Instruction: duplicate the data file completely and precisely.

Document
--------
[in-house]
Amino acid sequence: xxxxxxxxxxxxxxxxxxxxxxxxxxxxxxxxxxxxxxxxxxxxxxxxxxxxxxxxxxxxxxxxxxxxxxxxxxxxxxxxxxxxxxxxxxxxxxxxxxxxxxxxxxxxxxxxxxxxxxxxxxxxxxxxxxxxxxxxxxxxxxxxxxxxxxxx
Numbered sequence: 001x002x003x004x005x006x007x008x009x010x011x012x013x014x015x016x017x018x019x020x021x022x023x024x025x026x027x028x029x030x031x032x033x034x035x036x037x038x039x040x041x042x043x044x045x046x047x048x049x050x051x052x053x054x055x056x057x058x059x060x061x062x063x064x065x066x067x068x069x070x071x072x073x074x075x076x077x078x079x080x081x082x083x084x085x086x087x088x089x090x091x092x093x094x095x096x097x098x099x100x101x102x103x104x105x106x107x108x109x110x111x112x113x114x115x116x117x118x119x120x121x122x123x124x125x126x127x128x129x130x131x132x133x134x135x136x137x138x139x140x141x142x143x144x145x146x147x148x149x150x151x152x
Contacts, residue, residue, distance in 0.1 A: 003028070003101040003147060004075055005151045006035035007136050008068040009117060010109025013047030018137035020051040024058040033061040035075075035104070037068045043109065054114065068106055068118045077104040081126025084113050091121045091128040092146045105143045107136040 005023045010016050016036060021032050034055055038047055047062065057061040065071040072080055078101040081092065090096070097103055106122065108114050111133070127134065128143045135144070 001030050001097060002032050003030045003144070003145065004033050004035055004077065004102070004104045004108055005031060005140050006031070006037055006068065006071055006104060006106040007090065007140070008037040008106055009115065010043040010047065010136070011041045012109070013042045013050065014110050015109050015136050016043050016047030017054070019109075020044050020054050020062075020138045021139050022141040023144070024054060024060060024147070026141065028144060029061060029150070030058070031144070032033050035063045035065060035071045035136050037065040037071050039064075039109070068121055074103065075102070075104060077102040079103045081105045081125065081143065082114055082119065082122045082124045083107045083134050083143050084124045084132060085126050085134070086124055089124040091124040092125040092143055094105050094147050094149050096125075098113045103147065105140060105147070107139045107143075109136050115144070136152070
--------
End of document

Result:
[in-house]
Amino acid sequence: xxxxxxxxxxxxxxxxxxxxxxxxxxxxxxxxxxxxxxxxxxxxxxxxxxxxxxxxxxxxxxxxxxxxxxxxxxxxxxxxxxxxxxxxxxxxxxxxxxxxxxxxxxxxxxxxxxxxxxxxxxxxxxxxxxxxxxxxxxxxxxxxxxxxxxxx
Numbered sequence: 001x002x003x004x005x006x007x008x009x010x011x012x013x014x015x016x017x018x019x020x021x022x023x024x025x026x027x028x029x030x031x032x033x034x035x036x037x038x039x040x041x042x043x044x045x046x047x048x049x050x051x052x053x054x055x056x057x058x059x060x061x062x063x064x065x066x067x068x069x070x071x072x073x074x075x076x077x078x079x080x081x082x083x084x085x086x087x088x089x090x091x092x093x094x095x096x097x098x099x100x101x102x103x104x105x106x107x108x109x110x111x112x113x114x115x116x117x118x119x120x121x122x123x124x125x126x127x128x129x130x131x132x133x134x135x136x137x138x139x140x141x142x143x144x145x146x147x148x149x150x151x152x
Contacts, residue, residue, distance in 0.1 A: 003028070003101040003147060004075055005151045006035035007136050008068040009117060010109025013047030018137035020051040024058040033061040035075075035104070037068045043109065054114065068106055068118045077104040081126025084113050091121045091128040092146045105143045107136040 005023045010016050016036060021032050034055055038047055047062065057061040065071040072080055078101040081092065090096070097103055106122065108114050111133070127134065128143045135144070 001030050001097060002032050003030045003144070003145065004033050004035055004077065004102070004104045004108055005031060005140050006031070006037055006068065006071055006104060006106040007090065007140070008037040008106055009115065010043040010047065010136070011041045012109070013042045013050065014110050015109050015136050016043050016047030017054070019109075020044050020054050020062075020138045021139050022141040023144070024054060024060060024147070026141065028144060029061060029150070030058070031144070032033050035063045035065060035071045035136050037065040037071050039064075039109070068121055074103065075102070075104060077102040079103045081105045081125065081143065082114055082119065082122045082124045083107045083134050083143050084124045084132060085126050085134070086124055089124040091124040092125040092143055094105050094147050094149050096125075098113045103147065105140060105147070107139045107143075109136050115144070136152070